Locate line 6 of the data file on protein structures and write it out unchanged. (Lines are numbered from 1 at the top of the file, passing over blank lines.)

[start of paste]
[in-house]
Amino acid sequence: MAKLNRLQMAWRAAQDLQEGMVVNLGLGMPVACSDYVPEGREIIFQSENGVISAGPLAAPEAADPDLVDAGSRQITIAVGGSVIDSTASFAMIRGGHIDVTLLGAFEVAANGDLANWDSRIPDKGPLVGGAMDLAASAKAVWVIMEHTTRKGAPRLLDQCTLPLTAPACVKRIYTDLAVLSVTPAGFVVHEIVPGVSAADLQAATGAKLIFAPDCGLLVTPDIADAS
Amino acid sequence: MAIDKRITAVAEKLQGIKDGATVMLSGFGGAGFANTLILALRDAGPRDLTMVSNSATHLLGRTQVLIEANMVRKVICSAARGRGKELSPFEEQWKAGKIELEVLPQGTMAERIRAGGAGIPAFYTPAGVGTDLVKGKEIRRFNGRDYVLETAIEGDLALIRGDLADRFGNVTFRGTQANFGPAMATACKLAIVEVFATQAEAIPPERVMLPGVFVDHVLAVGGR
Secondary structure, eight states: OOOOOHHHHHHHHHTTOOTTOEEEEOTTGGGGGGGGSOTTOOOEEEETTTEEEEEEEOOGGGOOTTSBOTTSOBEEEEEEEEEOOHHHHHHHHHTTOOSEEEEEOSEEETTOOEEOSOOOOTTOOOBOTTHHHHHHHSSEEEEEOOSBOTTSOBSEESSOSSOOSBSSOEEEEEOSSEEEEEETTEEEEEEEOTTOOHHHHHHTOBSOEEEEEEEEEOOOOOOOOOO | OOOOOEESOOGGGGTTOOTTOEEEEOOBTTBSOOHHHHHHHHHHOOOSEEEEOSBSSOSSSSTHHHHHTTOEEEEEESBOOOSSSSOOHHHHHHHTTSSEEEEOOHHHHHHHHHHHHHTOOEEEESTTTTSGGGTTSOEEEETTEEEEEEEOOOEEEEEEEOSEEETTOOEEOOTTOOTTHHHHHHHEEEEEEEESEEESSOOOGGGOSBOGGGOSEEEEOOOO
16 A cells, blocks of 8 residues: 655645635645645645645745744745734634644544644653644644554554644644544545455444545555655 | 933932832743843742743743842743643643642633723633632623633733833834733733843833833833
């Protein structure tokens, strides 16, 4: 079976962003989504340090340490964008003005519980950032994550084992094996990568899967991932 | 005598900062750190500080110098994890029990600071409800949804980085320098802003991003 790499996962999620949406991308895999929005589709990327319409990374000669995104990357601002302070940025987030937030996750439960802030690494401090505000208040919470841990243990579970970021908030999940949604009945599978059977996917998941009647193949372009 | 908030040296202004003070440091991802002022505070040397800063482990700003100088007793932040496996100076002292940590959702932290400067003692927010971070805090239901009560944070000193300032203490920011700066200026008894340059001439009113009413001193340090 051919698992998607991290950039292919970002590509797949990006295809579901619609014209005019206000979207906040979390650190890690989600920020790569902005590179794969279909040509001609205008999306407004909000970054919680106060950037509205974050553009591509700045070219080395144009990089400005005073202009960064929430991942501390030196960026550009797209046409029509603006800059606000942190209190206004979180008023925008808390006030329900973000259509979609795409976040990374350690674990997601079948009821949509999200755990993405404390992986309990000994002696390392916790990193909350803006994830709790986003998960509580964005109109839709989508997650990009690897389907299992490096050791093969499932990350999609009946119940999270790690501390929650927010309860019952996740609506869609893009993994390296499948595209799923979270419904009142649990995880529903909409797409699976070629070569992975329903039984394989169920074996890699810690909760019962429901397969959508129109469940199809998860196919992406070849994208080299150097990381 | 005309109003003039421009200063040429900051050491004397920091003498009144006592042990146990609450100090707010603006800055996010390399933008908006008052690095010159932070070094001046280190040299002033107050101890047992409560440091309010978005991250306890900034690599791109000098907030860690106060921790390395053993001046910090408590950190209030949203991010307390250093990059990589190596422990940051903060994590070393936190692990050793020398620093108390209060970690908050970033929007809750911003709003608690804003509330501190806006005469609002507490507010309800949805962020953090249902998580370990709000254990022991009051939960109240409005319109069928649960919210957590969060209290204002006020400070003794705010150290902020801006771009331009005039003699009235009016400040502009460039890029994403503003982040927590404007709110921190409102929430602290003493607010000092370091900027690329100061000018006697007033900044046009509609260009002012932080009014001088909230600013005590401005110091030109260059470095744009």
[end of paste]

């Protein structure tokens, strides 16, 4: 079976962003989504340090340490964008003005519980950032994550084992094996990568899967991932 | 005598900062750190500080110098994890029990600071409800949804980085320098802003991003 790499996962999620949406991308895999929005589709990327319409990374000669995104990357601002302070940025987030937030996750439960802030690494401090505000208040919470841990243990579970970021908030999940949604009945599978059977996917998941009647193949372009 | 908030040296202004003070440091991802002022505070040397800063482990700003100088007793932040496996100076002292940590959702932290400067003692927010971070805090239901009560944070000193300032203490920011700066200026008894340059001439009113009413001193340090 051919698992998607991290950039292919970002590509797949990006295809579901619609014209005019206000979207906040979390650190890690989600920020790569902005590179794969279909040509001609205008999306407004909000970054919680106060950037509205974050553009591509700045070219080395144009990089400005005073202009960064929430991942501390030196960026550009797209046409029509603006800059606000942190209190206004979180008023925008808390006030329900973000259509979609795409976040990374350690674990997601079948009821949509999200755990993405404390992986309990000994002696390392916790990193909350803006994830709790986003998960509580964005109109839709989508997650990009690897389907299992490096050791093969499932990350999609009946119940999270790690501390929650927010309860019952996740609506869609893009993994390296499948595209799923979270419904009142649990995880529903909409797409699976070629070569992975329903039984394989169920074996890699810690909760019962429901397969959508129109469940199809998860196919992406070849994208080299150097990381 | 005309109003003039421009200063040429900051050491004397920091003498009144006592042990146990609450100090707010603006800055996010390399933008908006008052690095010159932070070094001046280190040299002033107050101890047992409560440091309010978005991250306890900034690599791109000098907030860690106060921790390395053993001046910090408590950190209030949203991010307390250093990059990589190596422990940051903060994590070393936190692990050793020398620093108390209060970690908050970033929007809750911003709003608690804003509330501190806006005469609002507490507010309800949805962020953090249902998580370990709000254990022991009051939960109240409005319109069928649960919210957590969060209290204002006020400070003794705010150290902020801006771009331009005039003699009235009016400040502009460039890029994403503003982040927590404007709110921190409102929430602290003493607010000092370091900027690329100061000018006697007033900044046009509609260009002012932080009014001088909230600013005590401005110091030109260059470095744009």